Dr. van Schoor also opines that Woodstream knew that the Mosquito Magnet will operate unattended for lengthy periods of time on large and small residential areas where other methods of mosquito control such as spray of insecticides may have been used, and that if heated by the Mosquito Magnet, harmful or lethal gasses may be released.

He notes that the McCools had an agreement for rodent exclusion control, and lawn care with Hulett Environmental Services. The lawn care program called for turf spray, weed control and shrub insect control. Dr. van Schoor uses Mosquito Barrier as an example of a mosquito control spray that contains natural sulfur which if sucked or sprayed into the Mosquito Magnet’s diluting airflow may result in toxic and dangerous byproducts if there are interactions with the MM’s byproducts.

Dr. van Schoor states that the Mosquito Magnet’s manual warns against spraying insecticide in or around the trap, but that the warning provides no information as to why the Mosquito Magnet cannot be sprayed, nor the hazards associated with this foreseeable misused by any other person like the employee of a mosquito control service who is not aware of the warning in the manual. It is Dr. an Schoor’s opinion that “Woodstream designers” should have anticipated that pesticides and chemicals may be sprayed on or around the trap, and the composition of the sprayed pesticides with the gasses produced by the Mosquito Magnet may generate hazardous gasses. Consequently, and pursuant to Dr. van Schoor’s opinion, designers should have considered the need to add sensors that could detect harmful gasses, and that these sensors were needed for a more safe and reliable mosquito trap.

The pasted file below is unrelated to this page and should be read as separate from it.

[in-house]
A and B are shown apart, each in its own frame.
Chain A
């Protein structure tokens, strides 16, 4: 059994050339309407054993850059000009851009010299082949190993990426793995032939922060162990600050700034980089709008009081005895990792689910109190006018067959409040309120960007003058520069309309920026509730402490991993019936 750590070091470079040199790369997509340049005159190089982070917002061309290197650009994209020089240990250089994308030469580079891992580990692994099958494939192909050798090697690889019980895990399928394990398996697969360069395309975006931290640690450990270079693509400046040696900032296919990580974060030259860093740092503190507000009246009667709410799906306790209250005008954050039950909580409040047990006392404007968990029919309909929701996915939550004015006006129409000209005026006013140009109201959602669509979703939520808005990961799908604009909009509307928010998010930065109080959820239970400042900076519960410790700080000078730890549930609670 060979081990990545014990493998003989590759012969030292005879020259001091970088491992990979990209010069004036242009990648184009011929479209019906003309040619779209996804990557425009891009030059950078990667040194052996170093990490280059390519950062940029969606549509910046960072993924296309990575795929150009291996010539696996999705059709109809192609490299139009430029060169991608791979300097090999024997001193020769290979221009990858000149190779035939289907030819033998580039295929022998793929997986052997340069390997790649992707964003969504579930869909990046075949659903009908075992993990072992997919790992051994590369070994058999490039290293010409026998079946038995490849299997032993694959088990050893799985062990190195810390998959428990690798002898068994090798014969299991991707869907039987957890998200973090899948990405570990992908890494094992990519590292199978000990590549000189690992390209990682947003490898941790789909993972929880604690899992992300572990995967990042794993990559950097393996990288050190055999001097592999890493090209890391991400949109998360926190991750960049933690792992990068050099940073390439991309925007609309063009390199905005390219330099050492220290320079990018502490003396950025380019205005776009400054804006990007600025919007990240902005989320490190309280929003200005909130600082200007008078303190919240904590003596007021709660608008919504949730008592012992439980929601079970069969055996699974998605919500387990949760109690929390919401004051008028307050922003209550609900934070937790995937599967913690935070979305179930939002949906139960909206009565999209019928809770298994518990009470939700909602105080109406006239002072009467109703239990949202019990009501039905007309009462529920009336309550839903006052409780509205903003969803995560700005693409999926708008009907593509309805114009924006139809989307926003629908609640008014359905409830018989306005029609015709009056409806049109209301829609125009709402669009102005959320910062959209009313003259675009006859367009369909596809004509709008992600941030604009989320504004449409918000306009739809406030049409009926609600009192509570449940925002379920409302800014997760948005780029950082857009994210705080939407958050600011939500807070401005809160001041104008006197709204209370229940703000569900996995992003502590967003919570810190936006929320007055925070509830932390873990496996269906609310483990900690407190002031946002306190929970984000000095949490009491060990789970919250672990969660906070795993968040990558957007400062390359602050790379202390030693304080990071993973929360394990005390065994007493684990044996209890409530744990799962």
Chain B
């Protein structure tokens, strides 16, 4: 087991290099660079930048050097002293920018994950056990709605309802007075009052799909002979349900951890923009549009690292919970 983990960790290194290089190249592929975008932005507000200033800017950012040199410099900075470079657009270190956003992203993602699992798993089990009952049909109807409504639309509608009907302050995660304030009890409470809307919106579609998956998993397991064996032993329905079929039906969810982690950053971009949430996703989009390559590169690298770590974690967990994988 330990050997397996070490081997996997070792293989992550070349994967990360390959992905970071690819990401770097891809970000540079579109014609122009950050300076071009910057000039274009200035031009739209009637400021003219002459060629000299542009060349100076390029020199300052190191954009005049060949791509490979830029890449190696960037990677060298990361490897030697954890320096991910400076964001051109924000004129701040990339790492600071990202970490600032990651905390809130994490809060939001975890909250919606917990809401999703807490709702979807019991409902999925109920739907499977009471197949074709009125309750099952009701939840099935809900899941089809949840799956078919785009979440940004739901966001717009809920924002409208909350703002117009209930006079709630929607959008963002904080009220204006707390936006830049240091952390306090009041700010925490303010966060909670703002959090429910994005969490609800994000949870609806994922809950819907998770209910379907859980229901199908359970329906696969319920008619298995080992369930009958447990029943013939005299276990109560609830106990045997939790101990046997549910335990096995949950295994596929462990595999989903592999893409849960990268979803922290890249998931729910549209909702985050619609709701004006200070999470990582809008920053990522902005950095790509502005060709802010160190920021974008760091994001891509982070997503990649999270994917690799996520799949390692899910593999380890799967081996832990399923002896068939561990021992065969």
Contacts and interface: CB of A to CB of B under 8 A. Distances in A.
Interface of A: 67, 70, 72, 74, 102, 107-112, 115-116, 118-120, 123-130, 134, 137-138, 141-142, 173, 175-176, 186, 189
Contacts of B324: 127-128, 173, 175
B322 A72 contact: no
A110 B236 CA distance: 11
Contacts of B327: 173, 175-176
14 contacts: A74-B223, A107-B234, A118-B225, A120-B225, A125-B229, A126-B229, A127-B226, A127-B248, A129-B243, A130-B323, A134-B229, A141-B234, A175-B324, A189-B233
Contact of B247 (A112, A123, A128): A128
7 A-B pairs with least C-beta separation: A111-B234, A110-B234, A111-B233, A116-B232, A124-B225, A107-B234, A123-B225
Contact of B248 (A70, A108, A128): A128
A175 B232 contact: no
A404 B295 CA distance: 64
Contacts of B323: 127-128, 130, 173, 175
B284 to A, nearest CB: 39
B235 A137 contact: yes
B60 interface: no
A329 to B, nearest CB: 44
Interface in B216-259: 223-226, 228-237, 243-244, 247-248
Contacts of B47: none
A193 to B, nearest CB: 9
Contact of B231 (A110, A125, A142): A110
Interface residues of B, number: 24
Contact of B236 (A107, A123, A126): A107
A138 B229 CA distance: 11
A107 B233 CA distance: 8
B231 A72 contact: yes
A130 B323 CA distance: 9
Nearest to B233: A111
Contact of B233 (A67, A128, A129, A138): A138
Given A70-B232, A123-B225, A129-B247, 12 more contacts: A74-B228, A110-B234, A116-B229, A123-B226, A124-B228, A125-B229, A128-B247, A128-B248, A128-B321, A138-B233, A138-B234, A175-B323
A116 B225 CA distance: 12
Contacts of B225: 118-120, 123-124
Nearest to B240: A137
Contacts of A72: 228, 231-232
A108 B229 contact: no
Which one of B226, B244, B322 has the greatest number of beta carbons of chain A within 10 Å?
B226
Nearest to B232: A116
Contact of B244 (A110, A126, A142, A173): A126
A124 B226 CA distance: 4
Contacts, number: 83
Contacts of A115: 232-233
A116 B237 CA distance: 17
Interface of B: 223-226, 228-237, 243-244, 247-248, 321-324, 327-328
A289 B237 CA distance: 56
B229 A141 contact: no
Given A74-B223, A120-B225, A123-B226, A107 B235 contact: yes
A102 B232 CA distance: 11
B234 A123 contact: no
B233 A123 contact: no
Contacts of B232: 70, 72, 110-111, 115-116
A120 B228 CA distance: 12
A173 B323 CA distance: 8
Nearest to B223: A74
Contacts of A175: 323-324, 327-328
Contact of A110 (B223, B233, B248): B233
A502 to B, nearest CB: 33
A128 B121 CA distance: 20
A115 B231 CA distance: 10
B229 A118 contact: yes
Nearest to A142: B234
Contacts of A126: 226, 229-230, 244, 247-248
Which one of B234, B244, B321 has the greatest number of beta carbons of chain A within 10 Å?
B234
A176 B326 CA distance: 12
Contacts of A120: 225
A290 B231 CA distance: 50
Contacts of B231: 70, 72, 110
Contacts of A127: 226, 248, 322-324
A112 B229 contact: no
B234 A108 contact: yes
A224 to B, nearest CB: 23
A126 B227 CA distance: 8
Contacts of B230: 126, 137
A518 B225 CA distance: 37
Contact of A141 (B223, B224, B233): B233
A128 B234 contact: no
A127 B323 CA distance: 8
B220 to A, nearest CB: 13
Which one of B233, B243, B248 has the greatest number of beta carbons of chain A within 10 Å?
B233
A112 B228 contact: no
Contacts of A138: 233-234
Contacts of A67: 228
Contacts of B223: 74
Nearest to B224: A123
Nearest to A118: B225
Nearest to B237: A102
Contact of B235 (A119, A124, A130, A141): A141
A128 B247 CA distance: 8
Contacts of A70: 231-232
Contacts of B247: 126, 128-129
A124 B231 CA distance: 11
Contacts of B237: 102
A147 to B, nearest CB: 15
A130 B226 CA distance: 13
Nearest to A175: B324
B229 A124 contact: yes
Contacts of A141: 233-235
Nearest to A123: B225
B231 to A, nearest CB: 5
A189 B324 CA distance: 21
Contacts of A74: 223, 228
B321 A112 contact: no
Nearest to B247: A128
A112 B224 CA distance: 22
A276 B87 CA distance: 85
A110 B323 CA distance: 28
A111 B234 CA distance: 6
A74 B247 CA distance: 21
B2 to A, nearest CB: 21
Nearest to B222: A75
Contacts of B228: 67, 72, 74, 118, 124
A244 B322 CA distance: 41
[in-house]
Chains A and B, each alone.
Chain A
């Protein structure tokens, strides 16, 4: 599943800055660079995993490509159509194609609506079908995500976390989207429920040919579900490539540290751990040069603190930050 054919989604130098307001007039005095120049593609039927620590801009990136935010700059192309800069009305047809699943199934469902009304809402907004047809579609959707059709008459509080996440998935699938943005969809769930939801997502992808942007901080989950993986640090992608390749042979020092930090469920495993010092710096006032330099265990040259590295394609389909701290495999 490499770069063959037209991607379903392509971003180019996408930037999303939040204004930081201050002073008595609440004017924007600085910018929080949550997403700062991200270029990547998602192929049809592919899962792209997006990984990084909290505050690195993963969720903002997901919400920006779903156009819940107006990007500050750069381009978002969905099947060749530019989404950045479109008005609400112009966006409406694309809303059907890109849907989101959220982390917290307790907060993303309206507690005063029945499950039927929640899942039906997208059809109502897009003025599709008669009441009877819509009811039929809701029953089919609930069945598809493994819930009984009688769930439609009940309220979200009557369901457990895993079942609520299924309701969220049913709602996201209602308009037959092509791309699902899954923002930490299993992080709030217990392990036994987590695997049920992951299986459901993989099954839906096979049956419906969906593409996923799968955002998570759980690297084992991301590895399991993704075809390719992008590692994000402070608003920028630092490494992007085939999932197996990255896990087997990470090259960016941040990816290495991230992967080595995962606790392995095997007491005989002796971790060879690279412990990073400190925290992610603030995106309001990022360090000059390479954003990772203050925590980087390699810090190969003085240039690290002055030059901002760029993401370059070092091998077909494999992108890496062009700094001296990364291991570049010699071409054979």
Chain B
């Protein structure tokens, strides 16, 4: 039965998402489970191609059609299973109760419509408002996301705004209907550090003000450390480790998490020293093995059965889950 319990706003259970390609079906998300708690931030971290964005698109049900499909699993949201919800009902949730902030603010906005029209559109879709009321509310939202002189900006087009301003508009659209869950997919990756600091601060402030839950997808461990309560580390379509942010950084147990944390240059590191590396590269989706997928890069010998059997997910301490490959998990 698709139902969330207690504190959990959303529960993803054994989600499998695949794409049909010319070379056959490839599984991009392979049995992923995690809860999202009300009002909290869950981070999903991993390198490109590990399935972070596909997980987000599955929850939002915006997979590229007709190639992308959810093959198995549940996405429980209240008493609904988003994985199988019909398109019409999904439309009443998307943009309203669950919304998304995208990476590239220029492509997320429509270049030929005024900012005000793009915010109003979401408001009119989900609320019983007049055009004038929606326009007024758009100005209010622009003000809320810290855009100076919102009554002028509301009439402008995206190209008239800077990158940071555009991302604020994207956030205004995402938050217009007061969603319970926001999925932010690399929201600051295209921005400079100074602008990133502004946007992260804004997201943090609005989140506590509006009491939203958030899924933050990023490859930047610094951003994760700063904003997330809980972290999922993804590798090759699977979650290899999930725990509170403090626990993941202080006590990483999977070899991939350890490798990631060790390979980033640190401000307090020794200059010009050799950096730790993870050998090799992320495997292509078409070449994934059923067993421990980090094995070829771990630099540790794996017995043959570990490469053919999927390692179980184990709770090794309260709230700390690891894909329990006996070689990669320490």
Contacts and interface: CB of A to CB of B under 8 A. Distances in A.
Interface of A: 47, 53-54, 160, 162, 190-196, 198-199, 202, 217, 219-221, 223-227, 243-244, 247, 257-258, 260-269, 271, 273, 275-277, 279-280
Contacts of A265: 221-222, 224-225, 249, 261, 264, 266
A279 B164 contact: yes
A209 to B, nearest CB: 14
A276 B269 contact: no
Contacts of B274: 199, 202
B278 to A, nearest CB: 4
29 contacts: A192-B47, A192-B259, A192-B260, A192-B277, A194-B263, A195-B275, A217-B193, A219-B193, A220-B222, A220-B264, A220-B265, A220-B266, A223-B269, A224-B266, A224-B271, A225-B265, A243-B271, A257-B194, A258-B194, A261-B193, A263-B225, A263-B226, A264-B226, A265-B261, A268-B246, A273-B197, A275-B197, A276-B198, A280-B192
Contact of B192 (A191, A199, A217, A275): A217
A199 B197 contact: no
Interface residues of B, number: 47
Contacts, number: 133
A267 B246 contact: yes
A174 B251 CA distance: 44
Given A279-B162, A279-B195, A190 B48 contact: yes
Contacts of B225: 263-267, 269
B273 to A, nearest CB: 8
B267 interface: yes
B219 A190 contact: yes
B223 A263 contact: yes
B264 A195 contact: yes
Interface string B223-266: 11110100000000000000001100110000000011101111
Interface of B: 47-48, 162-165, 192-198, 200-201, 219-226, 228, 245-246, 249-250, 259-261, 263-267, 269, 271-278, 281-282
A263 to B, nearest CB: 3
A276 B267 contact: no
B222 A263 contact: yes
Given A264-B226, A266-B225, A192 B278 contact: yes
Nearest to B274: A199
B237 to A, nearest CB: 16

According to Dr. an Schoor, in order for the Mosquito Magnet to operate safely and reliably for a lengthy unattended period of time, Woodstream designers should have considered additional hazards like the use of propane that satisfies the HD-5 specification; environmental conditions (hot & freezing); malfunctioning of critical components such as the thermal sensor on the catalytic converter; PCB’s resistor failure allowing the production of carbon monoxide to exceed maximum limit; the foreseeable misuse of spraying the trap with insecticides; and outgassing plastic components that are near the high temperature surfaces which can burn children and adults or ignite clothing. Additionally, Dr. van Schoor states that Woodstream should have considered corrosion in humid and wet conditions to avoid corrosion of the Mosquito Magnet components. He suggests that Woodstream never subjected the Mosquito Magnet to an extensive environmental test.

Overall it is Dr. an Schoor’s opinion that Woodstream did not put the Mosquito Magnet through rigorous and formal reliability procedures to ensure that it was a safe and reliable product. Also, that pursuant to the testimony of Robert Cruz, Marko Lubic, and Gary Roulston, their hazard review process was limited to gas, gas shutoff, over-temperature, battery overvoltage, and missed the hazard that resulted in a unit that exceeded the maximum allowable carbon monoxide production during an official monitored test. Consequently, Dr. van Schoor opines that Woodstream did not use/follow accepted engineering design for safety and reliability practices which led to the place into commerce an unreliable and unsafe product.